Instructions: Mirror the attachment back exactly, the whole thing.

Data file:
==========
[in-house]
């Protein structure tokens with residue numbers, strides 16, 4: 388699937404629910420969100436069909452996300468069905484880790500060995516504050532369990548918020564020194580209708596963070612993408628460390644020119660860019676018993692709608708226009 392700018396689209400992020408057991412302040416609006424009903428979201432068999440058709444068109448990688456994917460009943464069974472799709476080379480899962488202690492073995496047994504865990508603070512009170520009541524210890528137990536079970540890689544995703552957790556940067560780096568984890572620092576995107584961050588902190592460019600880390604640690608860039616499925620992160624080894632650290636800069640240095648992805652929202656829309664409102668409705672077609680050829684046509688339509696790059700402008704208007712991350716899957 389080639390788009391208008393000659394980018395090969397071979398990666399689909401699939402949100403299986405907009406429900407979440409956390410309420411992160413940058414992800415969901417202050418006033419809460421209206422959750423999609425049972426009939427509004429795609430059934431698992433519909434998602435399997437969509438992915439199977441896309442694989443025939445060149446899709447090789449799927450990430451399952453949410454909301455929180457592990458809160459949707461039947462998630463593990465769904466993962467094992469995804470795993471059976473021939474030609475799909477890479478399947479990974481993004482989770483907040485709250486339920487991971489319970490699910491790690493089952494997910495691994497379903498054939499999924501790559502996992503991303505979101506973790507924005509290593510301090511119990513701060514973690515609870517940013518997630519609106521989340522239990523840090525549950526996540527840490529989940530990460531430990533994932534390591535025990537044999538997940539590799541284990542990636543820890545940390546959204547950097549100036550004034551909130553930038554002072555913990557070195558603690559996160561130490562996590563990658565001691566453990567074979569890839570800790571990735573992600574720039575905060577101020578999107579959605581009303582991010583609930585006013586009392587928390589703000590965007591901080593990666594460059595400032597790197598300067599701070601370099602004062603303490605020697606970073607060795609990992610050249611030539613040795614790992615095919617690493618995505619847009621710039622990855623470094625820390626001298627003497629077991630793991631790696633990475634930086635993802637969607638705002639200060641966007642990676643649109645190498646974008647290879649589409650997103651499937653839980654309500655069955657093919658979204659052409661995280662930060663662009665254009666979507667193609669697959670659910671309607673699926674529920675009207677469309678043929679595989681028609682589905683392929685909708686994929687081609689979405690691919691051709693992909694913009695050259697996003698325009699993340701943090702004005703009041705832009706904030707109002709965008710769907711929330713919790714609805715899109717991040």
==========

[in-house]
């Protein structure tokens with residue numbers, strides 16, 4: 388699937404629910420969100436069909452996300468069905484880790500060995516504050532369990548918020564020194580209708596963070612993408628460390644020119660860019676018993692709608708226009 392700018396689209400992020408057991412302040416609006424009903428979201432068999440058709444068109448990688456994917460009943464069974472799709476080379480899962488202690492073995496047994504865990508603070512009170520009541524210890528137990536079970540890689544995703552957790556940067560780096568984890572620092576995107584961050588902190592460019600880390604640690608860039616499925620992160624080894632650290636800069640240095648992805652929202656829309664409102668409705672077609680050829684046509688339509696790059700402008704208007712991350716899957 389080639390788009391208008393000659394980018395090969397071979398990666399689909401699939402949100403299986405907009406429900407979440409956390410309420411992160413940058414992800415969901417202050418006033419809460421209206422959750423999609425049972426009939427509004429795609430059934431698992433519909434998602435399997437969509438992915439199977441896309442694989443025939445060149446899709447090789449799927450990430451399952453949410454909301455929180457592990458809160459949707461039947462998630463593990465769904466993962467094992469995804470795993471059976473021939474030609475799909477890479478399947479990974481993004482989770483907040485709250486339920487991971489319970490699910491790690493089952494997910495691994497379903498054939499999924501790559502996992503991303505979101506973790507924005509290593510301090511119990513701060514973690515609870517940013518997630519609106521989340522239990523840090525549950526996540527840490529989940530990460531430990533994932534390591535025990537044999538997940539590799541284990542990636543820890545940390546959204547950097549100036550004034551909130553930038554002072555913990557070195558603690559996160561130490562996590563990658565001691566453990567074979569890839570800790571990735573992600574720039575905060577101020578999107579959605581009303582991010583609930585006013586009392587928390589703000590965007591901080593990666594460059595400032597790197598300067599701070601370099602004062603303490605020697606970073607060795609990992610050249611030539613040795614790992615095919617690493618995505619847009621710039622990855623470094625820390626001298627003497629077991630793991631790696633990475634930086635993802637969607638705002639200060641966007642990676643649109645190498646974008647290879649589409650997103651499937653839980654309500655069955657093919658979204659052409661995280662930060663662009665254009666979507667193609669697959670659910671309607673699926674529920675009207677469309678043929679595989681028609682589905683392929685909708686994929687081609689979405690691919691051709693992909694913009695050259697996003698325009699993340701943090702004005703009041705832009706904030707109002709965008710769907711929330713919790714609805715899109717991040």